WASHINGTON – U.S. Senator Claire McCaskill, the top-ranking Democrat on the Homeland Security and Governmental Affairs Committee, is calling for answers from Uber over a 2016 data breach affecting 57 million users that was only recently disclosed. McCaskill previously raised concerns with Uber’s data security in 2014.
“Companies have a responsibility to their customers and employees in Missouri and throughout the country to protect their personal information. Not only did Uber fail to do so, it engaged in a cover-up to hide the breach from those affected,” McCaskill said. “Uber needs to come forward with full details on what happened and how they’re preventing problems like this in the future.”
McCaskill joined Senator Bill Nelson of Florida to raise concerns over the 2016 breach in which 57 million users’ personal information was compromised. The company hid the breach until last month. Uber suffered another breach in 2014 and hid it until it was made public in early 2015. McCaskill and Nelson had written to Uber two months before the 2014 breach was made public, seeking information about the company’s troubling data security practices. In their most recent letter to Uber, the Senators called for additional answers on the company’s data security.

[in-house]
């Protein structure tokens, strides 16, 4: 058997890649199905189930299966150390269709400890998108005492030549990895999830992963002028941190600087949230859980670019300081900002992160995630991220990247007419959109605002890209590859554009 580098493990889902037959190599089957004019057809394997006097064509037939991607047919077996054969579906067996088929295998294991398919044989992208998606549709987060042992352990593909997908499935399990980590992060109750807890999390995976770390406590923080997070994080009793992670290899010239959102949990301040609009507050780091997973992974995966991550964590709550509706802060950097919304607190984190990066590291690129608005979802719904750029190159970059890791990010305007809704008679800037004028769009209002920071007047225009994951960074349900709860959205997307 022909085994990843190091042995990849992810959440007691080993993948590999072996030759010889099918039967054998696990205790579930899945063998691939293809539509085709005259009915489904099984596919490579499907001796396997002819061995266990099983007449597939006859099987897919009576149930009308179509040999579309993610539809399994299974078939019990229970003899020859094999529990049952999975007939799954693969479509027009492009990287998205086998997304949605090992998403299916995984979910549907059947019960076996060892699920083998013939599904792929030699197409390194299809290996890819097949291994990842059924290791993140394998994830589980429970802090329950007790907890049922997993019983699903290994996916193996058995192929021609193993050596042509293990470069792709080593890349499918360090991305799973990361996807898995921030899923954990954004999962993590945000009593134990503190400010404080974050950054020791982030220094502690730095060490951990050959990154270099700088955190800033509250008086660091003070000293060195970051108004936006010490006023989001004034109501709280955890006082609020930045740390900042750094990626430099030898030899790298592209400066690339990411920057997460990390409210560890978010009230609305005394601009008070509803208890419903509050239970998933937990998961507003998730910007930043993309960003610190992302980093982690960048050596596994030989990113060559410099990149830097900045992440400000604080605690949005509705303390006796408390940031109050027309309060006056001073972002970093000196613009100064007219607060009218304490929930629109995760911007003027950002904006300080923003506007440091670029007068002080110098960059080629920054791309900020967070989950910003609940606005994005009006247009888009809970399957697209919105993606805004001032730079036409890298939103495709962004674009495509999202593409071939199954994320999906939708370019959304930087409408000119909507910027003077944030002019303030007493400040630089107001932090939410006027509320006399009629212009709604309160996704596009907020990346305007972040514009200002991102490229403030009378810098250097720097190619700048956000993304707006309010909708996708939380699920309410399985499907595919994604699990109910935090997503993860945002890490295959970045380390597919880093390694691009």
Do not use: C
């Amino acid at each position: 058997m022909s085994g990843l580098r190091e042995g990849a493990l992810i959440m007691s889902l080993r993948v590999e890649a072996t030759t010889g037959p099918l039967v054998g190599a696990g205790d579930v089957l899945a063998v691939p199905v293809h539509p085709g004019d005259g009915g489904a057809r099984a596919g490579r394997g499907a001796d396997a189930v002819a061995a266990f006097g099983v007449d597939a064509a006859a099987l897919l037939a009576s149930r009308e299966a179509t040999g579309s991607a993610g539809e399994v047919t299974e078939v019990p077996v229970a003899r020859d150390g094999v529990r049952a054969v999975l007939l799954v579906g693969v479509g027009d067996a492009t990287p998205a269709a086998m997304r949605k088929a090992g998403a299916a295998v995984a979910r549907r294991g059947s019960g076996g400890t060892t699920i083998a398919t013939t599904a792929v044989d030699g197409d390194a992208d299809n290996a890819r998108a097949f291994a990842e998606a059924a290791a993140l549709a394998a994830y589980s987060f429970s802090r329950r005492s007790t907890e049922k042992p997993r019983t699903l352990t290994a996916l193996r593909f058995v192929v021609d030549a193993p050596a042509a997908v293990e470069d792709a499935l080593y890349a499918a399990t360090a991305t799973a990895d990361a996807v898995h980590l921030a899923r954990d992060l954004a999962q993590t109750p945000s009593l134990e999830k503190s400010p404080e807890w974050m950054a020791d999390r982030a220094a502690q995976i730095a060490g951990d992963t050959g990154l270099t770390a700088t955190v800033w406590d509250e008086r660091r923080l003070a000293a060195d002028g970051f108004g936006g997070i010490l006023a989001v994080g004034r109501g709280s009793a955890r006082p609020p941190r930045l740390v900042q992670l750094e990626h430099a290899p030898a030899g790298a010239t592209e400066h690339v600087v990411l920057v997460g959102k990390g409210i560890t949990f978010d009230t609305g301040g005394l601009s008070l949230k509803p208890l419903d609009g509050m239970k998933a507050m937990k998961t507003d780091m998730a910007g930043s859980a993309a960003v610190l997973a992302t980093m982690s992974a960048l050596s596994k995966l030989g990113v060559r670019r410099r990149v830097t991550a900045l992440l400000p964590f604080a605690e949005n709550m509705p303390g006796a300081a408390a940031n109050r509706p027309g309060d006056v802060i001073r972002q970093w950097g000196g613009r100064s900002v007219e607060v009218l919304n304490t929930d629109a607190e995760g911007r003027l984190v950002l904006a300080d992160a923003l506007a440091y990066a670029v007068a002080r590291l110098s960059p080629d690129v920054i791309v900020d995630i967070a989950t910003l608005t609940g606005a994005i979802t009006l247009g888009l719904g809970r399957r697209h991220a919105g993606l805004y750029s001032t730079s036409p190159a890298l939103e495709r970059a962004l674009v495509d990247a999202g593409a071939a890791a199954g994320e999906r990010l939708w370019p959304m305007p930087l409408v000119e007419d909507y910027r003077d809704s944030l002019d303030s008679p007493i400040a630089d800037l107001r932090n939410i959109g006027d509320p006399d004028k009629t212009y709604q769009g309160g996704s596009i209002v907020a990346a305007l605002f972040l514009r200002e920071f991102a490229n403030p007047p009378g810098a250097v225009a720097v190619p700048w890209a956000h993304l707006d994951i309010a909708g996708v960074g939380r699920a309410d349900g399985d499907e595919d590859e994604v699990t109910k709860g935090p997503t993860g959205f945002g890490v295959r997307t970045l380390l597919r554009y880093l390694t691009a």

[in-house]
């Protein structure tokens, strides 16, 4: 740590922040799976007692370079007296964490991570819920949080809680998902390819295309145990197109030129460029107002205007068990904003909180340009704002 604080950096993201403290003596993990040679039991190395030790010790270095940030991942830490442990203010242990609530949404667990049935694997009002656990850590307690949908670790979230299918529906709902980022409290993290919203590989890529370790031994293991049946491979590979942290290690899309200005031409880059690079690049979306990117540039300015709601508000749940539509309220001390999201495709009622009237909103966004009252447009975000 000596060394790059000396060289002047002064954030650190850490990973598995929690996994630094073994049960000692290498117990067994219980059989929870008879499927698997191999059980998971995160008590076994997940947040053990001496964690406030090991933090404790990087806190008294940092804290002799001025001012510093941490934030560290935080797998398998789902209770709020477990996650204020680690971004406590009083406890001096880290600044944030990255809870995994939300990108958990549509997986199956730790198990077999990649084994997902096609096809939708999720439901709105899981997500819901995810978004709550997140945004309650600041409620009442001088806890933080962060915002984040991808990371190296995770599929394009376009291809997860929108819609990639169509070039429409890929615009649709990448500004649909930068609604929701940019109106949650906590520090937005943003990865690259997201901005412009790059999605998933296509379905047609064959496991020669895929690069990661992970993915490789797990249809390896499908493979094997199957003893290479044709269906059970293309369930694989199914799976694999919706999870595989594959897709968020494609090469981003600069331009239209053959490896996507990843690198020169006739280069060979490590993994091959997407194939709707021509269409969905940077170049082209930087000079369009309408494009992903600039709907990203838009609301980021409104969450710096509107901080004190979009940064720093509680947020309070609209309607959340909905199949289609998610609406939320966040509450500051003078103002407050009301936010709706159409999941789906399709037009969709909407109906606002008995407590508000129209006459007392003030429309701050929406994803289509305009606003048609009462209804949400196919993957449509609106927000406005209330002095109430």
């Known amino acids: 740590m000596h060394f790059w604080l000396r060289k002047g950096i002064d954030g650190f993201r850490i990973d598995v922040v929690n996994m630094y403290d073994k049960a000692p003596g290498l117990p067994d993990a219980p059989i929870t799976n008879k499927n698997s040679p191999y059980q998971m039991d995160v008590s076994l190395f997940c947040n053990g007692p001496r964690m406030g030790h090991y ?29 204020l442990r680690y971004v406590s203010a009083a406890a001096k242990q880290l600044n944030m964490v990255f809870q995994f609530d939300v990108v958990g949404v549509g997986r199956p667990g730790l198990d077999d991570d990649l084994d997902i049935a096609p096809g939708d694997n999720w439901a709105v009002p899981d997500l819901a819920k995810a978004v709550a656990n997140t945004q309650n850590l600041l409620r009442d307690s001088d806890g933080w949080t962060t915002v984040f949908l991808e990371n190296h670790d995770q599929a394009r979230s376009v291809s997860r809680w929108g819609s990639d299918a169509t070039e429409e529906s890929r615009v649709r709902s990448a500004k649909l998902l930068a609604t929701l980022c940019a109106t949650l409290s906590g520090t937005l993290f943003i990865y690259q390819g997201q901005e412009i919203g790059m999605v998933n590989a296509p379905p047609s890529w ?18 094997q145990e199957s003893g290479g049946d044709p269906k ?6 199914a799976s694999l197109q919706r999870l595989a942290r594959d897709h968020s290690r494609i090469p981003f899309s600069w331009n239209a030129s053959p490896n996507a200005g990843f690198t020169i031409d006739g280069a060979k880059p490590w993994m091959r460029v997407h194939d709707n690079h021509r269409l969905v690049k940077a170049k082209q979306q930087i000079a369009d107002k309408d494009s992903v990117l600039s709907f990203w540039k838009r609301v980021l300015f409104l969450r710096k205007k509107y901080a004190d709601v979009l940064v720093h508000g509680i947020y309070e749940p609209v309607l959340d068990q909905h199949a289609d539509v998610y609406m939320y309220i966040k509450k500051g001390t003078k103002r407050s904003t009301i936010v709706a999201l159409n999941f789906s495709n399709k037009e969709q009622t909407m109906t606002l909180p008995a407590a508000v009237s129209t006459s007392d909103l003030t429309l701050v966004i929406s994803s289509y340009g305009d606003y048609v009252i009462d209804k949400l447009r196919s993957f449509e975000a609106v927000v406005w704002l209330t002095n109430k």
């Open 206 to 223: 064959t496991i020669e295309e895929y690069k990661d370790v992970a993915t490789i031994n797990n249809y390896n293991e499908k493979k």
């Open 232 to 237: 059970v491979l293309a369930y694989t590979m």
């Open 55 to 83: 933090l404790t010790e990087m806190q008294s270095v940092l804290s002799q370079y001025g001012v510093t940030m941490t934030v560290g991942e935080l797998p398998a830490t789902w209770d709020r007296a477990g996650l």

“This  breach shows a pattern and practice of Uber not properly securing data or notifying those affected by such a breach….This breach, the long delay in reporting it, and an apparent attempt to cover it up by paying a ransom illustrate problems that we raised back in December 2014 when we sent a letter noting troubling problems with Uber’s data security and privacy policies.”
After the 2014 breach, the Federal Trade Commission investigated the company and put in place new requirements to protect customer privacy, and the Senators are requesting additional details on whether or not Uber is complying with its agreement with the Federal Trade Commission.
McCaskill has long worked to keep Missourians’ personal information safe and protect them from fraud and scams. Recently, the U.S. House of Representatives advanced McCaskill’s bipartisan legislation that would allow financial institutions to report suspected exploitive or fraudulent activity to authorities when they notice unusual activity in the accounts of their clients over the age of 65.
In light of the Equifax breach earlier this year, McCaskill has continued her push for her legislation to empower consumers by enhancing the accuracy of their credit reports and making it easier to dispute potential errors.
This past May, McCaskill alerted Missouri veterans of a scam targeting the Veterans Choice Program, in which fraudsters send letters to veterans containing nearly identical phone numbers to the Veterans Choice Program, and ask veterans for their credit card information when they call. McCaskill has also targeted IRS impersonators who have defrauded Missourians.